Lessons in Good Parenting

This is Katherine Patrick, the 18-year-old daughter of Massachusetts Governor Deval Patrick, soon-to-be Smith College freshman, MassEquality intern and, oh yeah, a now extremely out lesbian. She and her family sat down to an interview with Bay Windows this week, in no small part because they realized someone was about to do a hit job piece and make her parents seem less accepting of her sexuality (which she disclosed to them last summer) than they are. And if that PFLAG video made you cry, get your Kleenex before you continue reading because Deval Patrick's response to his daughter's disclosure of her sexuality was, "I don't think we thought about who they loved - more that they knew what love was and that they would have love in their lives." Sniff.

So, Katherine realized a couple of years ago that she was a lesbian, came to grips with it, and told both her parents at once because she didn't want them to think she liked one of them more than the other. She still remembers the day because, like a lot of my gay friends, she approached the disclosure about her sexuality with a degree of trepidation despite being the daughter of one of the politicians responsible for defeating an anti gay marriage amendment to Massachusetts' constitution. This is what she said about watching him speak on that day:

"Because, of course, he didn't know that I was gay then," the 18-year-old recalls. "So, for someone so publicly to fight for something that doesn't even affect him was just like, 'That’s my dad,' you know?" she says with a laugh. "That’s all I could think. I was very, very proud to be part of this family, and this state in general."

"It was great. I'm very glad," she adds, looking at her father. "Don't cry, Dad." Patrick's eyes are brimming with tears, prompting some good-natured teasing from his daughter. "He's done some good things," she says with a laugh, patting his arm. "I appreciate it. Want a tissue? Oh, God. He's a crier."

Shit, I think I might be a crier, too.

Neither of her parents initiated the interview with the paper, though they agreed to it because their daughter asked them to do it and they thought it was a good decision to, as a public family, make this aspect of their lives public on their terms, rather than the terms of a newspaper like the Boston Herald. Said Deval and his wife Diane:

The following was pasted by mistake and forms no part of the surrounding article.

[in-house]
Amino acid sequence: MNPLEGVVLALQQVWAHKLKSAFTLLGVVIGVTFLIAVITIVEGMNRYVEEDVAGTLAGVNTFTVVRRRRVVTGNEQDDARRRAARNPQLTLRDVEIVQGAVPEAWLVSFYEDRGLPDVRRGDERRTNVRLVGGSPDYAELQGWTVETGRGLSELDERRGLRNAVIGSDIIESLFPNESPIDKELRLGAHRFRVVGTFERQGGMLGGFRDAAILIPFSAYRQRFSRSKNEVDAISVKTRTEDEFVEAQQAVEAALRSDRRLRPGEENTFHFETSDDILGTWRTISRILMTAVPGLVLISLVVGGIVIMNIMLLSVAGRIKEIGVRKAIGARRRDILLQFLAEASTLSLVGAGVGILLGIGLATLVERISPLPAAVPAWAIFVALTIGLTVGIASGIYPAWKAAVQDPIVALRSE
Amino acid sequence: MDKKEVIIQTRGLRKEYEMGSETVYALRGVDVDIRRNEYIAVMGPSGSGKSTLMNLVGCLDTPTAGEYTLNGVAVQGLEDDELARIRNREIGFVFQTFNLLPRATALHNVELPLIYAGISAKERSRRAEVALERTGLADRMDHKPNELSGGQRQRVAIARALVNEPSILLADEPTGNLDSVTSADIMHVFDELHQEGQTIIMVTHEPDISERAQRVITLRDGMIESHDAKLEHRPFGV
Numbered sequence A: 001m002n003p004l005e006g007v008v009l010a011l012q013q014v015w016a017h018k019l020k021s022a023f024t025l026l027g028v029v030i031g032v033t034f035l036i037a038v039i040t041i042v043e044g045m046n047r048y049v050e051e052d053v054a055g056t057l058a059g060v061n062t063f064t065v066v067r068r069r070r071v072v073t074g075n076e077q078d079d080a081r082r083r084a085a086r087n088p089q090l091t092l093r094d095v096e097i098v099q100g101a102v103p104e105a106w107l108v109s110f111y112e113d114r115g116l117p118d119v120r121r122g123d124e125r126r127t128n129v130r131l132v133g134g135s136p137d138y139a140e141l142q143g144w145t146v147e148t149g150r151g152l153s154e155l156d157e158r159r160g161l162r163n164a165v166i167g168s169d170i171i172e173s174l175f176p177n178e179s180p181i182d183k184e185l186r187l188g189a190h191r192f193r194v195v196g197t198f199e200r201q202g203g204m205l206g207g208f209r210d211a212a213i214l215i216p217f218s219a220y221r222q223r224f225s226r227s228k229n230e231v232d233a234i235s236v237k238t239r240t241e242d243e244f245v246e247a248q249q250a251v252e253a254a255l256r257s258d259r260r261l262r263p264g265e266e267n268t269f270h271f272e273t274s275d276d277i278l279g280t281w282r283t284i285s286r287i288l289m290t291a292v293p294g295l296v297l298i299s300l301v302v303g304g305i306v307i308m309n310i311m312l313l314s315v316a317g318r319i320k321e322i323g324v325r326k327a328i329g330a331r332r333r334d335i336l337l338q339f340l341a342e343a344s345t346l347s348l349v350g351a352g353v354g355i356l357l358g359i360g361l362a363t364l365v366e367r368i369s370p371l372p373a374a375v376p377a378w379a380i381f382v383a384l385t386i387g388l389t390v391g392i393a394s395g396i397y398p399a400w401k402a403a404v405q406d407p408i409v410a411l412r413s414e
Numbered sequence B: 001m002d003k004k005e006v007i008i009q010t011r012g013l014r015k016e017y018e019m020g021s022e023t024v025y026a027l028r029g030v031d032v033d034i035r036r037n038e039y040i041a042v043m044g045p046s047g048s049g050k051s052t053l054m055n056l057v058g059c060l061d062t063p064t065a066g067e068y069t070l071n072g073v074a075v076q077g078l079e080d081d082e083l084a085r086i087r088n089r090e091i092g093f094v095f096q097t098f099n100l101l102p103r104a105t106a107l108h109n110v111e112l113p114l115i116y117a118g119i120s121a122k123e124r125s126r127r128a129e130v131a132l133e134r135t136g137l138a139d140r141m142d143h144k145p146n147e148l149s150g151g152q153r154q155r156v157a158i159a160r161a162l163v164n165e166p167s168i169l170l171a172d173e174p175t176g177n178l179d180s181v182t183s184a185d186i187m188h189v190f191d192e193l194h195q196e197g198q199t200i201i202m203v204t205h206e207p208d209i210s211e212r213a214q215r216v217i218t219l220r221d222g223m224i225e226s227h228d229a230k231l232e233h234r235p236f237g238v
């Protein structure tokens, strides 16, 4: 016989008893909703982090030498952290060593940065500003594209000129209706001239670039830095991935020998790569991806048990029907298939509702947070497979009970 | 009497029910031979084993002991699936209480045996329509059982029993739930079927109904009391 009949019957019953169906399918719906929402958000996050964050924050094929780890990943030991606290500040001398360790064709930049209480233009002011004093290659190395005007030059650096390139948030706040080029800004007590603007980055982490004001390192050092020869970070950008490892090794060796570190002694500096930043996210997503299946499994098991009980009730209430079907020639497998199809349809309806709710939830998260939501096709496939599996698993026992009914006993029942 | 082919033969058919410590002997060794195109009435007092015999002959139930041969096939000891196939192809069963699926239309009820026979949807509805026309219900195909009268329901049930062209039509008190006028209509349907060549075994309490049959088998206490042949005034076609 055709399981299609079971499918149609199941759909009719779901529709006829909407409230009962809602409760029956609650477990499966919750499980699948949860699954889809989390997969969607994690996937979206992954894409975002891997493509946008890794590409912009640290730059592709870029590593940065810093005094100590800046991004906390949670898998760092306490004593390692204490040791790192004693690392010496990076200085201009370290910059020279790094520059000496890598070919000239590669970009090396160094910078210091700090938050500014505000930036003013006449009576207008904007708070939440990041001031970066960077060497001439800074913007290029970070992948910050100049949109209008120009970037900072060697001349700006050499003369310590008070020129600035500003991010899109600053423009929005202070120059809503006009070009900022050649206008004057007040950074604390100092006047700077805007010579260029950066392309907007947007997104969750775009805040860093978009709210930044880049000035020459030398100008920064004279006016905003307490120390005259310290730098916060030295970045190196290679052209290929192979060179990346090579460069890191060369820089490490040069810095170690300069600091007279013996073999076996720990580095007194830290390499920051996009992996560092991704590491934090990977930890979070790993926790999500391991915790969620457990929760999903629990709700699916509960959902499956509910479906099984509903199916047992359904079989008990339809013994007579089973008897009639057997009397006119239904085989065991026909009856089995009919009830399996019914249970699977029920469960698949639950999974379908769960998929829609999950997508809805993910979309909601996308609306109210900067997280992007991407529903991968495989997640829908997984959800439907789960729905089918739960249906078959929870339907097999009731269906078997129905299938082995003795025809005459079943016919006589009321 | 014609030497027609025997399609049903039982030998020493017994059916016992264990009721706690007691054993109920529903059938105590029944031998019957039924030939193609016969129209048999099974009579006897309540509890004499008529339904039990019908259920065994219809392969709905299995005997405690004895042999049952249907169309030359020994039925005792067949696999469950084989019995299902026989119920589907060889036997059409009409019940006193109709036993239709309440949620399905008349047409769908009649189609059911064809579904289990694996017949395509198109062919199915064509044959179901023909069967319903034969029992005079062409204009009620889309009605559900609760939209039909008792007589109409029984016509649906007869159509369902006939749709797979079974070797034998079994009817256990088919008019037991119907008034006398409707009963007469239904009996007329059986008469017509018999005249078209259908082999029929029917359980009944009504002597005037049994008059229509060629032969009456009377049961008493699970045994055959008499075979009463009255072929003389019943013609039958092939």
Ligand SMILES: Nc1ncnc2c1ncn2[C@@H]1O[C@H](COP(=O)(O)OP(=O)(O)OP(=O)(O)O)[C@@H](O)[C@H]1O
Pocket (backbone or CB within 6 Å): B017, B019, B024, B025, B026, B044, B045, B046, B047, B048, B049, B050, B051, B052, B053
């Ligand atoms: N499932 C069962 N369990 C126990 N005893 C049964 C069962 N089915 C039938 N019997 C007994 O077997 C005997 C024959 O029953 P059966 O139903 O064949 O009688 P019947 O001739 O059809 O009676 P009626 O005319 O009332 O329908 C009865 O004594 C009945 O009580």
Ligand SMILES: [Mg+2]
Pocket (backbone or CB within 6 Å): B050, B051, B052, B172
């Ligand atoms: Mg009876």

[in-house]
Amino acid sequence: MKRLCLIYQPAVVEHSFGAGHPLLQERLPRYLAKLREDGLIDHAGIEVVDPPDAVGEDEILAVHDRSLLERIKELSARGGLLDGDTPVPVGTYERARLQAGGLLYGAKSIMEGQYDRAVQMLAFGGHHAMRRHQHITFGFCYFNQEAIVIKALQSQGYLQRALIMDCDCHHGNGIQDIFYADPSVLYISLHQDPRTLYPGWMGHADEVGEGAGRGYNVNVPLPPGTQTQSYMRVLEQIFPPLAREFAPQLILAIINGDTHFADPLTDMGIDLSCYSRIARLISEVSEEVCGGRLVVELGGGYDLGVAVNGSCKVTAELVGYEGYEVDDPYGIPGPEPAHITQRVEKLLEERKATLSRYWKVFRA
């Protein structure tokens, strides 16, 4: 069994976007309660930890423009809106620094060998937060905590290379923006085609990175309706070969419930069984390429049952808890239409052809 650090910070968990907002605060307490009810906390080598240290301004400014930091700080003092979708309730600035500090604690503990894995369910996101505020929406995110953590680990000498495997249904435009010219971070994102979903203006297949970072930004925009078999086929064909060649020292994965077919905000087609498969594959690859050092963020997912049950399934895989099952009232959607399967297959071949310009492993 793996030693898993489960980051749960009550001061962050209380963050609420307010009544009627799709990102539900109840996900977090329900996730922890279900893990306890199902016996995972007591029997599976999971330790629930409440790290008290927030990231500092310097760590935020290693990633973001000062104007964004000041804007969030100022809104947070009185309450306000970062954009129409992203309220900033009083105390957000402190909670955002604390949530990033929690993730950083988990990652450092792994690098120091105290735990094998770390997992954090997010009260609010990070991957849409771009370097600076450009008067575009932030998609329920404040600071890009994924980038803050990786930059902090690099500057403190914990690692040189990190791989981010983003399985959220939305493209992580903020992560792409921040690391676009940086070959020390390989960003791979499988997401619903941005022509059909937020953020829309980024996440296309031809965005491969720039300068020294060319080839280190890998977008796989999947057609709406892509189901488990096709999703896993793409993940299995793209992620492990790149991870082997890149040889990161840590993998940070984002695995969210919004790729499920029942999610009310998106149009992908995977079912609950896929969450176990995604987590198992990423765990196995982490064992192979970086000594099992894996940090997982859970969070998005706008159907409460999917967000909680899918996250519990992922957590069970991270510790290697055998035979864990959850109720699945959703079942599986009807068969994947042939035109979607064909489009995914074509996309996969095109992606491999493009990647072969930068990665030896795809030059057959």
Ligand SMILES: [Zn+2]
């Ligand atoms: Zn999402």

And while Katherine is comfortable with her very public coming out, her parents remain wary. Patrick's misgivings stem partly from the fact that his daughter wouldn't do an interview to announce that she is straight. "But the world is such and my job is such that rather than have someone do a 'gotcha' and our giving the misimpression that this wasn't completely natural in our family, then we thought, 'Alright, let's just say it and move on,'" he says.

Diane's concerns stem from a mother's instinct to protect her daughter and her desire to keep both of her daughters "from the burdens of public life." It's why she doesn't see herself becoming the proverbial PFLAG parent and advocating publicly for LGBT issues. "This issue involves one of my children and I have really wanted them to not have to feel, frankly, answerable to the public and I still don't want it," Diane explains. "As a mother my instinct is to protect my children from discomfort and so that would be the reason why I would not relish [an advocacy] role, because it would be about her."

In that aspect, she's totally right. Who among us straight Jezebels had to announce our sexual preference to our parents? Who had to even discuss it, unless you got caught doing something? The only conversation I ever had about my sexual proclivities with my parents at that age was one in which my mother demanded my father ascertain from me which of my dude friends I was fucking (she was sure it was at least 3 of them), a conversation that ended up with me yelling at him that I was offended that they thought I was such a slut and we never talked about it again. For the record, Dad (since I know you're reading), I was sleeping with Dennis. Sorry. But it wasn't any of your business, anyway.

Anyway, so Katherine has way more courage and honesty than I did at her age, and her parents are way more accepting of her homosexuality than my parents were of my slutty heterosexuality at that age and the whole thing sort of made me tear up because you just know for every lucky Katherine Patrick there's at least one unlucky Maya Marcel-Keyes, whose father, politician Alan Keyes, kicked her out of his house, stopped speaking to her and stopped contributing to her education when she came out.

With Love And Pride, Governor Deval Patrick's Daughter Comes Out Publicly [Bay Windows, picture courtesy of Marilyn Humphries]
Alan Keyes' Daughter Coming Out [CBS News]